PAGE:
Arrived at the gallery of the colonnettes, he stopped a moment to take breath and to call down ten million cartloads of devils on the interminable stairs. He then continued his ascent by the narrow doorway of the northern tower, now prohibited to the public. A moment or two after passing the belfry, he came to a small landing in a recess with a low Gothic door under the vaulted roof, while a loophole opposite in the circular wall of the staircase enabled him to distinguish its enormous lock and powerful iron sheeting. Any one curious to inspect this door at the present day will recognise it by this legend inscribed in white letters on the black wall: “J’adore Coralie, 1823. Signé, Ugène.” (This signé is included in the inscription.)

“Whew!” said the scholar; “this must be it.”

The key was in the lock, the door slightly ajar; he gently pushed it open and poked his head round it.

The reader is undoubtedly acquainted with the works of Rembrandt—the Shakespeare of painting. Among the many wonderful engravings there is one etching in particular representing, as is supposed, Doctor Faustus, which it is impossible to contemplate without measureless admiration. There is a gloomy chamber; in the middle stands a table loaded with mysterious and repulsive objects—death’s heads, spheres, alembics, compasses, parchments covered with hieroglyphics. Behind this table, which hides the lower part of him, stands the Doctor wrapped in a wide gown, his head covered by a fur cap reaching to his eyebrows. He has partly risen from his immense arm-chair, his clenched fists are leaning on the table, while he gazes in curiosity and terror at a luminous circle of magic letters shining on the wall in the background like the solar spectrum in a camera obscura. This cabalistic sun seems actually to scintillate, and fills the dim cell with its mysterious radiance. It is horrible and yet beautiful.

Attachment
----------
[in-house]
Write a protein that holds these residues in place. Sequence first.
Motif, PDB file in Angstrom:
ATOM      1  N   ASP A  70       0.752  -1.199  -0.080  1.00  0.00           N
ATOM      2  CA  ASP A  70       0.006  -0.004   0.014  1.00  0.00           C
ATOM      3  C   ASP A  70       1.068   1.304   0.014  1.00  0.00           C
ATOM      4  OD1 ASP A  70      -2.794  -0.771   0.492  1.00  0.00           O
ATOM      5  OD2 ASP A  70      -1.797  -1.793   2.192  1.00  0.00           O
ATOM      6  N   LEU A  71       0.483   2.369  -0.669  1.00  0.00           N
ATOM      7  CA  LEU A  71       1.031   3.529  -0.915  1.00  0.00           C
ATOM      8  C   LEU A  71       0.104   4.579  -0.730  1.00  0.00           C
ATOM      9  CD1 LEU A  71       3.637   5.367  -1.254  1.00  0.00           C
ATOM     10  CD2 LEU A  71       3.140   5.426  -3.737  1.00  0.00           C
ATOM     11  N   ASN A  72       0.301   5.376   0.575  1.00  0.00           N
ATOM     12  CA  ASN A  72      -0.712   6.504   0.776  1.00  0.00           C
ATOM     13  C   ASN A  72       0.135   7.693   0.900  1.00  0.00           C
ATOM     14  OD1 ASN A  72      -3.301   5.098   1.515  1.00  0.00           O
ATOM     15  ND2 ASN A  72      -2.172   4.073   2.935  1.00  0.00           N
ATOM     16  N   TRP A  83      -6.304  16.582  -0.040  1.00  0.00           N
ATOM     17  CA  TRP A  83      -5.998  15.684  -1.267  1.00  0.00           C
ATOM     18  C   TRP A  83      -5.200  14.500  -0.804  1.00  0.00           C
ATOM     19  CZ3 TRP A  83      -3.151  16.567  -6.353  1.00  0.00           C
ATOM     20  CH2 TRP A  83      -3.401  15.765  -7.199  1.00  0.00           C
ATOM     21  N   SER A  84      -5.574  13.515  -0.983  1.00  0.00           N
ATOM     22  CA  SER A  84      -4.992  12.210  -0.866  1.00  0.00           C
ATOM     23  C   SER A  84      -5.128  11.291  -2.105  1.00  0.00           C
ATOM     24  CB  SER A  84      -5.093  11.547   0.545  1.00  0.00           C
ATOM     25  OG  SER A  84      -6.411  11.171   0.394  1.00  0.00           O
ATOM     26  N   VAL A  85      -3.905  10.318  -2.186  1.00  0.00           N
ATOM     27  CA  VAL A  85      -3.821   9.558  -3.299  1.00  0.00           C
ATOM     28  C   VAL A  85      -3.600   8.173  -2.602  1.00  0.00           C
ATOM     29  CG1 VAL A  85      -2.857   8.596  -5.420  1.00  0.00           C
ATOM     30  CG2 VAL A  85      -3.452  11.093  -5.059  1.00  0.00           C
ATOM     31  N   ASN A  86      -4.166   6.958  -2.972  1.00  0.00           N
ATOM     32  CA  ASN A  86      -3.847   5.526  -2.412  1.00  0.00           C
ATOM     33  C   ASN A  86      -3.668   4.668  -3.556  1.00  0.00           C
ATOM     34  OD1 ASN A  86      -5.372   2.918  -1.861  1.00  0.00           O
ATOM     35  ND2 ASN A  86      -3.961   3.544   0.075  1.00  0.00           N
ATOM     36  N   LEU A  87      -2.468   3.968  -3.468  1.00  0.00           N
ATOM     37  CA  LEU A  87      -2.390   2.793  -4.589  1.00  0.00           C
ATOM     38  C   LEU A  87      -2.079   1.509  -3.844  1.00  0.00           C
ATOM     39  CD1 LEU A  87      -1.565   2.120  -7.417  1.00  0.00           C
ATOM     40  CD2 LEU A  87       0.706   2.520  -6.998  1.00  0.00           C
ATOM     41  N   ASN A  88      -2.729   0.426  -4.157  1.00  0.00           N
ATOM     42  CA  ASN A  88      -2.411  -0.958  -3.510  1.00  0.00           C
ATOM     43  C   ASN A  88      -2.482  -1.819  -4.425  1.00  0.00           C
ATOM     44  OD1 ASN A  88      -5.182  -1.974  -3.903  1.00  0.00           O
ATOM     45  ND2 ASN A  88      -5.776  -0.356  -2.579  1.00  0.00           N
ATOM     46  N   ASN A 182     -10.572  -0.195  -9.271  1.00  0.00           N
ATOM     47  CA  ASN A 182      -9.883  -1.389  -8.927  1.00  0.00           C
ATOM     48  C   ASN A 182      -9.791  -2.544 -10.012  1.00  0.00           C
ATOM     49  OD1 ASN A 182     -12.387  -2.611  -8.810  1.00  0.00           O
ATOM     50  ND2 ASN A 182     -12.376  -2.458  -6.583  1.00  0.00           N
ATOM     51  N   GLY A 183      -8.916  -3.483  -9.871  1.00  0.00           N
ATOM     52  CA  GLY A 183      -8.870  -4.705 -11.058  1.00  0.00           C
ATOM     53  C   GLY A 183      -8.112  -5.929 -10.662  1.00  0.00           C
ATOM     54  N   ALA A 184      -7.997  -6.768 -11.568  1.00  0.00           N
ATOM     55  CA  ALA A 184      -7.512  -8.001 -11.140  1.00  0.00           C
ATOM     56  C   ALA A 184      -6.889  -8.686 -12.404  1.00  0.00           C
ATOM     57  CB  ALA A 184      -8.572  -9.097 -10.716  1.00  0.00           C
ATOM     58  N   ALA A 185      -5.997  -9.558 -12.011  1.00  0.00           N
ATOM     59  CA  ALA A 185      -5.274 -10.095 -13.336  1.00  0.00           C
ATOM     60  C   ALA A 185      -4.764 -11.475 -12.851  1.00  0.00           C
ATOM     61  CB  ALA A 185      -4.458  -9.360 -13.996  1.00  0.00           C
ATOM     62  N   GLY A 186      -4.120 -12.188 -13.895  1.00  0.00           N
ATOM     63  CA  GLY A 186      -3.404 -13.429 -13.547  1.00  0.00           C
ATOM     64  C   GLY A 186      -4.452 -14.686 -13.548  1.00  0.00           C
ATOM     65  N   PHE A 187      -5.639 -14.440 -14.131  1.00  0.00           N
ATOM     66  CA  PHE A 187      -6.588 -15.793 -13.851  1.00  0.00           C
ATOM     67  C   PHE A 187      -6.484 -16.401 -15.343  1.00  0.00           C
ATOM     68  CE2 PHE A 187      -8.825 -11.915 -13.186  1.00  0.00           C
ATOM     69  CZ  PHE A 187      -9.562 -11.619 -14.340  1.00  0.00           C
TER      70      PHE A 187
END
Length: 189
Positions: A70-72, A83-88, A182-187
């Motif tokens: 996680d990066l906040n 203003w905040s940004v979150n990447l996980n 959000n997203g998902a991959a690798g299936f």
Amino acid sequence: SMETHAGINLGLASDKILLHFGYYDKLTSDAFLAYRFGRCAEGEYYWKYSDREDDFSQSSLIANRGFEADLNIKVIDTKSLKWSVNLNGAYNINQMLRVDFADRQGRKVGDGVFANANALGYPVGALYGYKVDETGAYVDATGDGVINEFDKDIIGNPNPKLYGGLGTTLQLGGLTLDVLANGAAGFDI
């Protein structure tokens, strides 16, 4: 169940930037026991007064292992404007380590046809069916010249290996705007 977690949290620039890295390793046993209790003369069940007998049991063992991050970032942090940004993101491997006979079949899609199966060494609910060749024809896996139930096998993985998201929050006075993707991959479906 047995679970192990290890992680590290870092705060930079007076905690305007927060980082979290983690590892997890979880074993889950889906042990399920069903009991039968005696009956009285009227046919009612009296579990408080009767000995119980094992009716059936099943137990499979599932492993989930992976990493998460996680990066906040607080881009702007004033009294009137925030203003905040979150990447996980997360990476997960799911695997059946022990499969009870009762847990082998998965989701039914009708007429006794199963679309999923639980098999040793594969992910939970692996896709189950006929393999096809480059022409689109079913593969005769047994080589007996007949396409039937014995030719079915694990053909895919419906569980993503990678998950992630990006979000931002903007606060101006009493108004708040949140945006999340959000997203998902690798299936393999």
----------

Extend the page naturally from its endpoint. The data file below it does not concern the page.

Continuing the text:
Something very similar to Faust’s study presented itself to Jehan’s view as he ventured his head through the half-open door. Here, too, was a sombre, dimly lighted cell, a huge arm-chair, and a large table, compasses, alembics, skeletons of animals hanging from the ceiling, a celestial globe rolling on the floor, glass phials full of quivering gold-leaf, skulls lying on sheets of vellum covered with figures and written characters, thick manuscripts open and piled one upon another regardless of the creased corners of the parchment; in short, all the rubbish of science—dust and cobwebs covering the whole heap. But there was no circle of luminous letters, no doctor contemplating in ecstasy the flamboyant vision as an eagle gazes at the sun.

Nevertheless the cell was not empty. A man was seated in the arm-chair, leaning over the table. Jehan could see nothing but his broad shoulders and the back of his head; but he had no difficulty in recognising that bald head, which nature seemed to have provided with a permanent tonsure, as if to mark by this external sign the irresistible clerical vocation of the Archdeacon.

Thus Jehan recognised his brother; but the door had been opened so gently that Dom Claude was unaware of his presence. The prying little scholar availed himself of this opportunity to examine the cell for a few minutes at his ease. A large furnace, which he had not remarked before, was to the left of the arm-chair under the narrow window. The ray of light that penetrated through this opening traversed the circular web of a spider, who had tastefully woven her delicate rosace in the pointed arch of the window and now sat motionless in the centre of this wheel of lace. On the furnace was a disordered accumulation of vessels of every description, stone bottles, glass retorts, and bundles of charcoal. Jehan observed with a sigh that there was not a single cooking utensil.

In any case there was no fire in the furnace, nor did any appear to have been lighted there for a long time. A glass mask which Jehan noticed among the alchemistic implements, used doubtless to protect the archdeacon’s face when he was engaged in compounding some deadly substance, lay forgotten in a corner, thick with dust. Beside it lay a pair of bellows equally dusty, the upper side of which bore in letters of copper the motto: “Spiro, spero.”1

Following the favourite custom of the hermetics, the walls were inscribed with many legends of this description; some traced in ink, others engraved with a metal point; Gothic characters, Hebrew, Greek and Roman, pell- mell; inscribed at random, overlapping each other, the more recent effacing the earlier ones, and all interlacing

  By PanEris using Melati.

Previous chapter/page Back Home Email this Search Discuss Bookmark Next chapter/page
Copyright: All texts on Bibliomania are © Ltd, and may not be reproduced in any form without our written permission. See our FAQ for more details.